Q: Shown in the figure is a semicircular metallic strip that has thickness t and resistivity ρ . Its inner radius is R1 and outer radius R2 . If a voltage Vo is applied between its two ends , a current I flows in it . In addition , it is observed that a transverse voltage ΔV develops between its inner and outer surfaces due to purely kinetic effects of moving electrons (ignore any role of the magnetic field due to the current ) . Then

(a) $I = \frac{V_o}{\pi \rho} ln(\frac{R_2}{R_1})$

(b) the outer surface is at a higher voltage than the inner surface

(c) the outer surface is at a lower voltage than the inner surface

(d) $\Delta V \propto I^2 $

**Click to See Solution : **

$\int \frac{1}{dr} = \int_{R_1}^{R_2} \frac{t dx}{\rho \pi x}$

$\frac{1}{r} = \frac{t}{\pi \rho}ln(\frac{R_2}{R_1}) $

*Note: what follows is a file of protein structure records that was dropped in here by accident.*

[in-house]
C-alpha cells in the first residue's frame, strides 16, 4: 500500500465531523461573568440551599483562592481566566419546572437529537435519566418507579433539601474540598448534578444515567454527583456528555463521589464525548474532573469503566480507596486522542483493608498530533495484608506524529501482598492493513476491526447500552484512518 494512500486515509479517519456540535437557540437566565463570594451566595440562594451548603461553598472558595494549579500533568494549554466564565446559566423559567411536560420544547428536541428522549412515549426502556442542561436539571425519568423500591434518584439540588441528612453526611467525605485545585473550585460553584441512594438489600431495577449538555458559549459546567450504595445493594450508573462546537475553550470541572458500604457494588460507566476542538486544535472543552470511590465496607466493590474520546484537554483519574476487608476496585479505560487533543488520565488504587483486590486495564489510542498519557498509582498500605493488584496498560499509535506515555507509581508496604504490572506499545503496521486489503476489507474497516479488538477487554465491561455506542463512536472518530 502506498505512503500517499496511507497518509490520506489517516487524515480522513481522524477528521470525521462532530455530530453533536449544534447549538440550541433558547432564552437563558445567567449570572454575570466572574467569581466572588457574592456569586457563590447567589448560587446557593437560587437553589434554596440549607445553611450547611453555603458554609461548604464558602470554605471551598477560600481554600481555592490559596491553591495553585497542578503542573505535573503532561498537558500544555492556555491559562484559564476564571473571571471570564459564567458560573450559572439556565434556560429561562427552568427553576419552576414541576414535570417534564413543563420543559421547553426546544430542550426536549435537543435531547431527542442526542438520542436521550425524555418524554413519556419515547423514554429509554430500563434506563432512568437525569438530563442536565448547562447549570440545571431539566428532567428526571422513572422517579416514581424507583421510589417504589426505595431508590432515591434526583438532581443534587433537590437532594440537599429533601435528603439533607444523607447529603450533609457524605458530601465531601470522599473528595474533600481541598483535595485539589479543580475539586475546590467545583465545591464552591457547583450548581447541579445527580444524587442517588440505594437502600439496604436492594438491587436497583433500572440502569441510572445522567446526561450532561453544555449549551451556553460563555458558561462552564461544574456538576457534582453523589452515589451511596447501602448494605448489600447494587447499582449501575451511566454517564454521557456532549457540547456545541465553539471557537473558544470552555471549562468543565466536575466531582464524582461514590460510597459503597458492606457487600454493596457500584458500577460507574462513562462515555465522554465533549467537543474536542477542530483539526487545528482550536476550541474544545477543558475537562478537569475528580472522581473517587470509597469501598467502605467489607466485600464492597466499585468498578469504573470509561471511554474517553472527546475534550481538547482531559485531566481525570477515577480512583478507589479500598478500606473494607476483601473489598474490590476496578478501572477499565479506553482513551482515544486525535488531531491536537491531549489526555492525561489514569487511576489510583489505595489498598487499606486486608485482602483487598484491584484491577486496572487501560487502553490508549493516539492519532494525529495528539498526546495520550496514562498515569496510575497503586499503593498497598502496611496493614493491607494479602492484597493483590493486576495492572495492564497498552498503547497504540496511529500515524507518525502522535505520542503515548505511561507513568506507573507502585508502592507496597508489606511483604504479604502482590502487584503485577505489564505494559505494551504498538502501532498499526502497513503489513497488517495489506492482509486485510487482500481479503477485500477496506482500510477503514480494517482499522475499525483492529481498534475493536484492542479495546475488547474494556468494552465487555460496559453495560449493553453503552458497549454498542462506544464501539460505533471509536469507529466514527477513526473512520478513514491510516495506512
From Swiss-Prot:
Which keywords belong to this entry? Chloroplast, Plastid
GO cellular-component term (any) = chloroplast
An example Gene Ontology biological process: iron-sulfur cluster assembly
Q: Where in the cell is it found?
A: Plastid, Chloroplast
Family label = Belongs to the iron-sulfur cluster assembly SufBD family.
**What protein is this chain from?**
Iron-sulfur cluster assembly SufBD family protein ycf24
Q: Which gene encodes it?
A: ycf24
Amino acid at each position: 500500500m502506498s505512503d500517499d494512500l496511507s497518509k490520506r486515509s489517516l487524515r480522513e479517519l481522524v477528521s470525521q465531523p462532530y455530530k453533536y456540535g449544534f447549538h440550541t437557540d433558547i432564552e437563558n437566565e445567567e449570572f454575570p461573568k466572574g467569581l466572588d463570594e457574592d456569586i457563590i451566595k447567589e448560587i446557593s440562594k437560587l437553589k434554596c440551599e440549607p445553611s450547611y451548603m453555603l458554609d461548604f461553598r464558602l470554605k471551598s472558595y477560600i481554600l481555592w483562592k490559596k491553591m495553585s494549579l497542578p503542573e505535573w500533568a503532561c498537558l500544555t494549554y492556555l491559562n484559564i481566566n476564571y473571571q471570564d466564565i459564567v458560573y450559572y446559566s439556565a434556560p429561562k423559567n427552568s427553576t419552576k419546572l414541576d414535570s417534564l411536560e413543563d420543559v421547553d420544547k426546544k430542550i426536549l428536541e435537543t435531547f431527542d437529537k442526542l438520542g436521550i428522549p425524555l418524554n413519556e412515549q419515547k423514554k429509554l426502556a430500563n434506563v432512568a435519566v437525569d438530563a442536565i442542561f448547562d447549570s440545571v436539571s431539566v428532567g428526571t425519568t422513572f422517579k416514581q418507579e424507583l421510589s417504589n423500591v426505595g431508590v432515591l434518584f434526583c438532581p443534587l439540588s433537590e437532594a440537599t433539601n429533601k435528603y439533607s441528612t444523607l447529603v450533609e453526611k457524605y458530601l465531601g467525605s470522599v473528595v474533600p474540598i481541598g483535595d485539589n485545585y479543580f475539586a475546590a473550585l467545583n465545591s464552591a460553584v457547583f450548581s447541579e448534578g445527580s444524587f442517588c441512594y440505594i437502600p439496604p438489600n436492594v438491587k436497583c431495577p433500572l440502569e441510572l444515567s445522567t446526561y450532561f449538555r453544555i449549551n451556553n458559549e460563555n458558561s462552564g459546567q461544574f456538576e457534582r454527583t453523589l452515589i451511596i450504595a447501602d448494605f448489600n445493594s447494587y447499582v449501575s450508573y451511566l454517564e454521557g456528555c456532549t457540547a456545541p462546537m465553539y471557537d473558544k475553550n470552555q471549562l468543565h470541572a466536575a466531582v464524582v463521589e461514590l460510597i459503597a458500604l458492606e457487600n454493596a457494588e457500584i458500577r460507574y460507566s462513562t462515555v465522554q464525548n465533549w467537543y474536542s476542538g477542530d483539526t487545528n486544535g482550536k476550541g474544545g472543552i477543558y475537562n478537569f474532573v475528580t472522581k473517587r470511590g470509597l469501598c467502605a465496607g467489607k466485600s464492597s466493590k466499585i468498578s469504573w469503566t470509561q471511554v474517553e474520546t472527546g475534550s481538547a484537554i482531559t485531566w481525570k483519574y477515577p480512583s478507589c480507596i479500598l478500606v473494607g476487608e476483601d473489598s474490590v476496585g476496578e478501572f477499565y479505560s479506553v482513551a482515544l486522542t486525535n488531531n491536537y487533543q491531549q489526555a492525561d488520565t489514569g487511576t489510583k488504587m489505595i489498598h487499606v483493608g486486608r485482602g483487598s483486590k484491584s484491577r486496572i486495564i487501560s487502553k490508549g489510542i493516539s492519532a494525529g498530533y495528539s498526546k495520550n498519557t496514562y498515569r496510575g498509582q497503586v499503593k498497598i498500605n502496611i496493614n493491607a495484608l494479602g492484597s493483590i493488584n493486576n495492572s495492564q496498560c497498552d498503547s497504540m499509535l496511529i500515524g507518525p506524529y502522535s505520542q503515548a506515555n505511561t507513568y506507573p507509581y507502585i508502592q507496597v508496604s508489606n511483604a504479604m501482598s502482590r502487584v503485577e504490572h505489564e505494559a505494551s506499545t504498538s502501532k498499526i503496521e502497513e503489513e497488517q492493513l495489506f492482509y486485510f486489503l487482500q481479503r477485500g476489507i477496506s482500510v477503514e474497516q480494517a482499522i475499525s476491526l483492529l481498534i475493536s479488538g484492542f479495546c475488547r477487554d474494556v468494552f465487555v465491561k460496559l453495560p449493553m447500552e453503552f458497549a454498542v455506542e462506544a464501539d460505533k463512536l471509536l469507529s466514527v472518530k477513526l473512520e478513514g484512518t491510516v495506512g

$ Resistance = \frac{\pi \rho}{t ln(\frac{R_2}{R_1})} $

$I = \frac{V}{Resistance} $

$I = \frac{V t}{\pi \rho}ln(\frac{R_2}{R_1}) $

$eE = \frac{m v^2}{r}$

$I = n e A v_d$

$\frac{V_o t dr}{\rho \pi r} = n e (dr t)v $

$v = \frac{V_o }{\rho \pi n e r}$

$E = \frac{m}{e r} \frac{V_o^2}{\rho^2 \pi^2 n^2 e^2 r^2}$

$E = \frac{m V_o^2}{e^3 r^2 \rho^2\pi^2 n^2} $

$dV = -E dr $

$dV = – \frac{K}{r^3}dr $

$V = K \int_{R_1}^{R_2}r^{-3} dr $

$\Delta V = \frac{m V_o^2}{e^3 r^2 \rho^2\pi^2 n^2} (\frac{1}{r_1^2} – \frac{1}{r_2^2})$

$\Delta V \propto V_o^2 $

$I \propto V_o $

$\Delta V \propto I^2 $